I recall that there are something like 18,000 museums in the U.S., and I don't know how many libraries, archives, history centers, and the like—each one of which has a different mission, audience, collection, staff, and board of directors. Some of these missions can be accomplished by sitting back and guarding vaults, while others require us to compete with Lady Ga Ga [? Gaga?]. I am content, as a U.S. taxpayer (who subsidizes the operations of many of many libraries, museums, and archives) and global citizen, with a spectrum of approaches as long as organizations pursue their missions with urgency and verve. I am not content when our public institutions posture about their own importance but neglect to use the tools, logic, and culture of digital technology when those tools could be profoundly helpful. No director should allow this: no board of directors should tolerate it.

Once, through strategy and mission and executive focus, we've established a need and a willingness to "grab" people, how to grab them becomes a process of fitting the puzzle pieces together. I always start with three questions: Who is it for? What do they want? How do you know? And the answers are always surprising and refreshing. We did some person-on-the-street interviews for our digital strategy effort last year where we asked people what they wanted from the digital Smithsonian,  [] and they weren't so interested in our social networks but they really want images and videos of everything in the collections. That surprised me, and it had a big influence on the work we're doing. Chris Anderson's The Long Tail gives us all permission to find a route to success by cultivating engagement with niche audiences around niche content—and museums, libraries, and archives have nothing if not niche content!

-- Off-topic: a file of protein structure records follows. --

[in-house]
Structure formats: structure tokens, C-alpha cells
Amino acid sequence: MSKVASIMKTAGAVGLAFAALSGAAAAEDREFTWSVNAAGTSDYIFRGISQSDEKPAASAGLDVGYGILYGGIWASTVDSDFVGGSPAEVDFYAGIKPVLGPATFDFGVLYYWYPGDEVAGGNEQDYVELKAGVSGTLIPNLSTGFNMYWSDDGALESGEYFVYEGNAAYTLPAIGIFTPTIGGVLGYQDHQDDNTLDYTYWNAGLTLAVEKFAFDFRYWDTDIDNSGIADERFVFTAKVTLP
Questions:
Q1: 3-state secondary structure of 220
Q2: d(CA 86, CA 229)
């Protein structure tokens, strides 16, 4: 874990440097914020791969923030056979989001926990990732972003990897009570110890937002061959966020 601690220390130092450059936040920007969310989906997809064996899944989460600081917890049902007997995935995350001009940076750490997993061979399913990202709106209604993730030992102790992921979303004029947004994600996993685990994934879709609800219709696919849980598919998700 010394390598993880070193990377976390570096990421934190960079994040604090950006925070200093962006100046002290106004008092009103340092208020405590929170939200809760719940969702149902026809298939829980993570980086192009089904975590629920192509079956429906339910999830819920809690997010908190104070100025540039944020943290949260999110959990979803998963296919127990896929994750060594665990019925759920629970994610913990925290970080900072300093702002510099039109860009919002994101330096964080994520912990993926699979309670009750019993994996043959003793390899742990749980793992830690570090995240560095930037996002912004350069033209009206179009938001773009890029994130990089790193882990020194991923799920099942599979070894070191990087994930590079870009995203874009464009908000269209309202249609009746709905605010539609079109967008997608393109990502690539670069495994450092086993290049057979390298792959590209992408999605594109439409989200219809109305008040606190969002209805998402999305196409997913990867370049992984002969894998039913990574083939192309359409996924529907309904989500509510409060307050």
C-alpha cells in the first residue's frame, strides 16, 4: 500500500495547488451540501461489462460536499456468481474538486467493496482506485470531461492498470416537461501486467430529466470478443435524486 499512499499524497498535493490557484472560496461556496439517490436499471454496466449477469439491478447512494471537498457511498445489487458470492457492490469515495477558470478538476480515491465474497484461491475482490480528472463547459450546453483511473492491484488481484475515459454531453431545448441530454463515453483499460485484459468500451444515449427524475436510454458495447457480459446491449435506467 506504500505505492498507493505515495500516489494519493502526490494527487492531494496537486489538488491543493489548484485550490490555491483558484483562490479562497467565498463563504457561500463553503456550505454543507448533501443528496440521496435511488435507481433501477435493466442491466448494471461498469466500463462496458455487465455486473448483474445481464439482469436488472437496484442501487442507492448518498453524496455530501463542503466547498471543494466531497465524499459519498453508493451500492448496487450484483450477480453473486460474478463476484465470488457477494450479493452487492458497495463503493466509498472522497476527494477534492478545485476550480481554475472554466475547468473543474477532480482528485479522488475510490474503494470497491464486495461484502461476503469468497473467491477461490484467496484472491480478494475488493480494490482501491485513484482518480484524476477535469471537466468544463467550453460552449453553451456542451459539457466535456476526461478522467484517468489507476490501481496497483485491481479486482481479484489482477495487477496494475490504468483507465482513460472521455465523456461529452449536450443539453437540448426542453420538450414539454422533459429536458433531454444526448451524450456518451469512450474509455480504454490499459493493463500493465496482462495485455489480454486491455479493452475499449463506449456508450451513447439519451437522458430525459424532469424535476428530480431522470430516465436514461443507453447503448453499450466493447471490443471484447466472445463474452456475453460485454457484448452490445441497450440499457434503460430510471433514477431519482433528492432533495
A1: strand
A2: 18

MS: Finally, I’ll urge readers to check out all the links below, but I thought we’d end on this. For small libraries that might not have a lot of financial resources or libraries facing funding issues, how do the ideas built in to Commons project scale? What can they do to compete in their markets?

ME: Map collector and entrepreneur David Rumsey [] (who has spoken at IMLS and many museum and library conferences) advised me that the ethos of this era in digital technology is "do what you can, but DO it!" It has never been easier to publish and connect digital content and there is nothing but opportunity for those willing to place a bet and get their feet wet.

I know there's always resource pressure (believe me, we have it here!), but as Harry Houdini said "there's always a little slack somewhere." At the ALA conference I invoked the presence of an Extra Terrestrial Auditor to bring this into focus: if an auditor from outer space flew her spaceship down to your library and tried to match your mission with the way you spend your time and money, would the two things match? Digital initiatives take time and money, but so does everything else you do. How can your director justify *not* finding resources to start connecting with the 4+ billion people who use the Internet or the thousands of people in your local community who are online too?

I constantly marvel at how grateful the public is when a small collection just publishes a few images to Flickr. I follow the Nova Scotia Archives on Twitter [] and every once in a while they publish a cool photograph of cod-drying racks or old ships or some fact from Nova Scotia history. It's joyous and playful and it expands my understanding of the universe a little.

At higher levels of effort you need some strategic thinking to help you figure out what to do and what not to do, but just getting started and starting the organizational learning process is the most important step, and at some level it doesn’t really matter what that first step is as long as you're engaged. I have yet to hear of a collection area, a topic, or even a single idea that doesn't already have an active online audience surrounding it. Even modest contributions from museums, libraries, and archives can make a difference in people's lives.


Smithsonian Commons Prototype: (Michel urges all ALA TechSource readers to their input, votes, and comments!)
About the Commons Blog Post:
Michael Edson: